Nkezabera, 56, is accused of war crimes and infringements to international humanitarian law (murders, attempted murders and rapes) for his participation in the 1994 genocide, which resulted in approximately 800 000 death, according to the UN, primarily Tutsis.
In May 2008, the court of criminal appeal rejected the count of "crimes of genocide" requested by the federal prosecution. This crime was introduced into Belgian law only in 1999. The facts having taken place in 1994, the judges pointed out the principle of non-retroactivity of criminal law in support of their decision.
Mr. Vanderbeck, Nkezabera's lawyer, confirmed to the Hirondelle Agency that his client, in waiting for his trial, had been released on 27 August 2008, an information which was revealed only in Wednesday's edition of the "Le Soir" newspaper. "Preventive detention must remain an exceptional measure, and the judges accepted my release motion in waiting for the appearance - a decision which I endeavoured not to spread", he stated. He refused to say anymore, in particular on the location where Nkezabera has since been.
No particular measure to limit his freedom of movement was taken by the court of criminal appeal, he added, which was confirmed by the federal prosecution; which specified that an order of capture was still in force against him if the former banker did not present himself to his trial.
In 1994, Nkezabera was president of the commission of economic affairs and finances within the national committee of the Interahamwe, the main militia which took part in the massacres. An official of the Commercial Bank of Rwanda (BCR), he was also a member of the National Republican Movement for Democracy and Development (MRND), the party of President Juvénal Habyarimana.
Arrested in Brussels in 2004, following an agreement concluded with the prosecutor from the International Criminal Tribunal for Rwanda (ICTR), he had been renowned for several years, with other former Interahamwe leaders, to be an informer of the UN Tribunal.
Called as a witness during preceding trials which took place in Belgium, in 2005 and 2007, he had during the 2005 trial provided many indications on the financing circuits of the genocide.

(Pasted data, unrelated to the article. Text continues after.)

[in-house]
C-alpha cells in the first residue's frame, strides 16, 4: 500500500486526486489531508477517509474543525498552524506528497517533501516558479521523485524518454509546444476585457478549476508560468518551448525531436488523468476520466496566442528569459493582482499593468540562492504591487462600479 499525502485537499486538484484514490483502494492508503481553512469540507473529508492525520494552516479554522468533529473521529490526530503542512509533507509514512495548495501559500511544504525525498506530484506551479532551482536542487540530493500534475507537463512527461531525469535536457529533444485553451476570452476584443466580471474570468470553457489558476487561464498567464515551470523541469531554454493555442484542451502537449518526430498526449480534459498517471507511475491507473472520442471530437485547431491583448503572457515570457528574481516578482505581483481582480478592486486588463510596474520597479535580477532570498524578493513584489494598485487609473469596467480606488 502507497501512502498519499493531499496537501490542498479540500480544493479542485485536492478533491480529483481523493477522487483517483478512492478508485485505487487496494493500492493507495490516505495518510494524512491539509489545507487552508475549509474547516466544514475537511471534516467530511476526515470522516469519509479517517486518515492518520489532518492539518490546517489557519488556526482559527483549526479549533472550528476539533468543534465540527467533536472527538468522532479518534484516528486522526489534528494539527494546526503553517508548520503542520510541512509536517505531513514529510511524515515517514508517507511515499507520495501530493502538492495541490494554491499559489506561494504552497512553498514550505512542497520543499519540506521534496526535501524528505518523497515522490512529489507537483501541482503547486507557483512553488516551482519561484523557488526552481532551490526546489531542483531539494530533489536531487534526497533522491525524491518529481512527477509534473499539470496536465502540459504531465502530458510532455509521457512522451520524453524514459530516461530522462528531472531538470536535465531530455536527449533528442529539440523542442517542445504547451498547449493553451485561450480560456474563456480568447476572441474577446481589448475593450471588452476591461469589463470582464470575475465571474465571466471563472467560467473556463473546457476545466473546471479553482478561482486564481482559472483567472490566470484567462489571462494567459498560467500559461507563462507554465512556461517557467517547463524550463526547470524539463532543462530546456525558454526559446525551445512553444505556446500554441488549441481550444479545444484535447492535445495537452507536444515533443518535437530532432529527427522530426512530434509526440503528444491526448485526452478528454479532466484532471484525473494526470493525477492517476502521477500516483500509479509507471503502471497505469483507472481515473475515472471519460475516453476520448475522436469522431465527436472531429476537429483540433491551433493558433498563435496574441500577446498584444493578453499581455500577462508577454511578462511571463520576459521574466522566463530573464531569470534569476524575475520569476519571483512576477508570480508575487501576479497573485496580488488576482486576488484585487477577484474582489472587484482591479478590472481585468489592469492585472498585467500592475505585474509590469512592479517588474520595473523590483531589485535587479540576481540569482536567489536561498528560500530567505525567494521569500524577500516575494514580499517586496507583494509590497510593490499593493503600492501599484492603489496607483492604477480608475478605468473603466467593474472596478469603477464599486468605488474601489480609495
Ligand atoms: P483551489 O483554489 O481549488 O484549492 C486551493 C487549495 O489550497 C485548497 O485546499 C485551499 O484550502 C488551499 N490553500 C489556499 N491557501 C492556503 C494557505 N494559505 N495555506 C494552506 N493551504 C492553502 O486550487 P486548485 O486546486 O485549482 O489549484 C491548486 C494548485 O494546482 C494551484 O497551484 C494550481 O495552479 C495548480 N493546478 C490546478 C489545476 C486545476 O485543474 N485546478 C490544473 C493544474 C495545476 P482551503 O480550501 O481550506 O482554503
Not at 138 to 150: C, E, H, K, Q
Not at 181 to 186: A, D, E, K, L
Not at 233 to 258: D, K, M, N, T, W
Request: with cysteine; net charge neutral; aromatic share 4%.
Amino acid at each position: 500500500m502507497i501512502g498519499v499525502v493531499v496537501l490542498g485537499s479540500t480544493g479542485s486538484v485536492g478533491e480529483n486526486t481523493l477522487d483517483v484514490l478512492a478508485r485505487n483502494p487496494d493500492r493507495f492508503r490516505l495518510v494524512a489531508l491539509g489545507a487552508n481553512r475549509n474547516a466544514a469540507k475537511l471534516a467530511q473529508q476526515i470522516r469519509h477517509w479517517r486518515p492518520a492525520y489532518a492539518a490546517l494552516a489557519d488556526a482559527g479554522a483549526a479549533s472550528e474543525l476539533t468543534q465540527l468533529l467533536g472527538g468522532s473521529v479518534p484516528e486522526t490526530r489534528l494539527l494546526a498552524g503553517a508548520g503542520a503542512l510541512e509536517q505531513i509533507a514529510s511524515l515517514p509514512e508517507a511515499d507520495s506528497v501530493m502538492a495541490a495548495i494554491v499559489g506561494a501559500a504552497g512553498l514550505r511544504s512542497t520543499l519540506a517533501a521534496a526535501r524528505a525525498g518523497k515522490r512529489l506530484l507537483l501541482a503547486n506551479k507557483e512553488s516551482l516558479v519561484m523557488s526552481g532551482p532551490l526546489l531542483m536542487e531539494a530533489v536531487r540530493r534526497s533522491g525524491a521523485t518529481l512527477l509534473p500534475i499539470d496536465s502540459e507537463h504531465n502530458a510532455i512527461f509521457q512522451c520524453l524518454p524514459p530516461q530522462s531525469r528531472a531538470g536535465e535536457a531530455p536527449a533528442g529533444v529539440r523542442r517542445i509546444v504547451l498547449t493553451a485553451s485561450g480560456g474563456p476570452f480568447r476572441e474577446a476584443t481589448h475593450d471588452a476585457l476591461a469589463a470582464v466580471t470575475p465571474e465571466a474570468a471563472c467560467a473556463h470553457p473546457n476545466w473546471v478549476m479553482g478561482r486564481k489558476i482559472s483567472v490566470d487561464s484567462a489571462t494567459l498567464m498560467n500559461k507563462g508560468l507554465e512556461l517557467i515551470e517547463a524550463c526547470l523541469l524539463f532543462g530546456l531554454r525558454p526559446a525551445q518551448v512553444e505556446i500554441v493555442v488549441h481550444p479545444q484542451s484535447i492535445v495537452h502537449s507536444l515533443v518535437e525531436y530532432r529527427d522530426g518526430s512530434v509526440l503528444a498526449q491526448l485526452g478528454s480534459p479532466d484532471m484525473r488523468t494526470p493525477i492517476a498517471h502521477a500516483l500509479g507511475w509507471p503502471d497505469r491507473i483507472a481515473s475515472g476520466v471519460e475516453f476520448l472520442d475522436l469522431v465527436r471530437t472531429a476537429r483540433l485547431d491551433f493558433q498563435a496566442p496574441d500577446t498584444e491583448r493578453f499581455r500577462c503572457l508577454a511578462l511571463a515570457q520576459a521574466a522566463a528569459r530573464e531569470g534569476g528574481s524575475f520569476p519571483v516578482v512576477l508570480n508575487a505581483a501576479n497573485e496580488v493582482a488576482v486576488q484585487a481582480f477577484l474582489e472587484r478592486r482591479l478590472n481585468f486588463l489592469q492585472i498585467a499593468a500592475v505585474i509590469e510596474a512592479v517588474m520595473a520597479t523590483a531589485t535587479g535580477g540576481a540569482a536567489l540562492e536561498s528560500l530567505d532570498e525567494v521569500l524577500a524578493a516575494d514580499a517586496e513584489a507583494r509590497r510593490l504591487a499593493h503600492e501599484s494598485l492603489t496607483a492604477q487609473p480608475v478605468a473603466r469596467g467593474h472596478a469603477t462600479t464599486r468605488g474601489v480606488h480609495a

Nkezabera has admitted to the majority of the facts which are charged against him. He admitted, during the judicial investigation, to have armed and financed the Interahamwe in order to exterminate Tutsis and moderate Hutus. He added to have publicly "encouraged" many Interahamwe to massacre at a public meeting in 1993. Lastly, he admits to having taken part in the financing of the Radio libre des mille collines, created the same year and which openly supported the massacres on its airwaves.
He rejects, on the other hand, the rape charges, speaking of "consenting partners" - which the counsel for the civil parties disputes; he estimates that the alleged victims had no other choice but to give in or be kill.
The judges also retained, in addition to the identified crimes, the open incriminations of "murder or rape of an unspecified number people in unspecified places on unspecified dates between on 6 April and on 2 July 1994". Mr. Vanderbeck criticized this choice which caused, according to him, some "drifting" during the preceding "Rwanda trials" by authorizing the constitution of many very distant civil parties, even foreign to the cause.
Eleven alleged victims have to date been constituted as civil parties.
They, for their part, declared themselves to be very disappointed with the decision of the judges not to retain the count of genocide. "The victims do not understand, explained Philippe Lardinois, one their lawyers. Nkezabera is a genocidaire and undoubtedly the biggest fish which, until now, Belgium will have tried. It is not easy to understand this decision based on technical legal considerations, moreover debatable ones. "
According to the civil parties, in agreement this time with the federal prosecution, Belgium could have based itself on international law, and in particular on the Convention on the Prevention and Punishment. of the Crime of Genocide (1948), which was ratified in 1951 by the kingdom. The victims, during the three preceding trials, had indeed criticized the prosecution for not having used this count - then inappropriate, according to him.
During these trials, in 2001, 2003 and 2007, Belgium sentenced seven people to lengthy sentences. Two of them, Maria Kizito, a nun sentenced in 2001 to 12 years in prison, and Vincent Ntezimana, an academic sentenced to 12 years in prison during the same trial, benefited from an early release, respectively in 2007 and 2006.
Belgium is one of the rare European countries to have brought to a successful conclusion a trial in relation to the Rwandan genocide, under the terms of a law known as "universal jurisdiction" from 1993, revised in 2003. The trial of Ephrem Nkezabera should last approximately a month.
© Hirondelle News Agency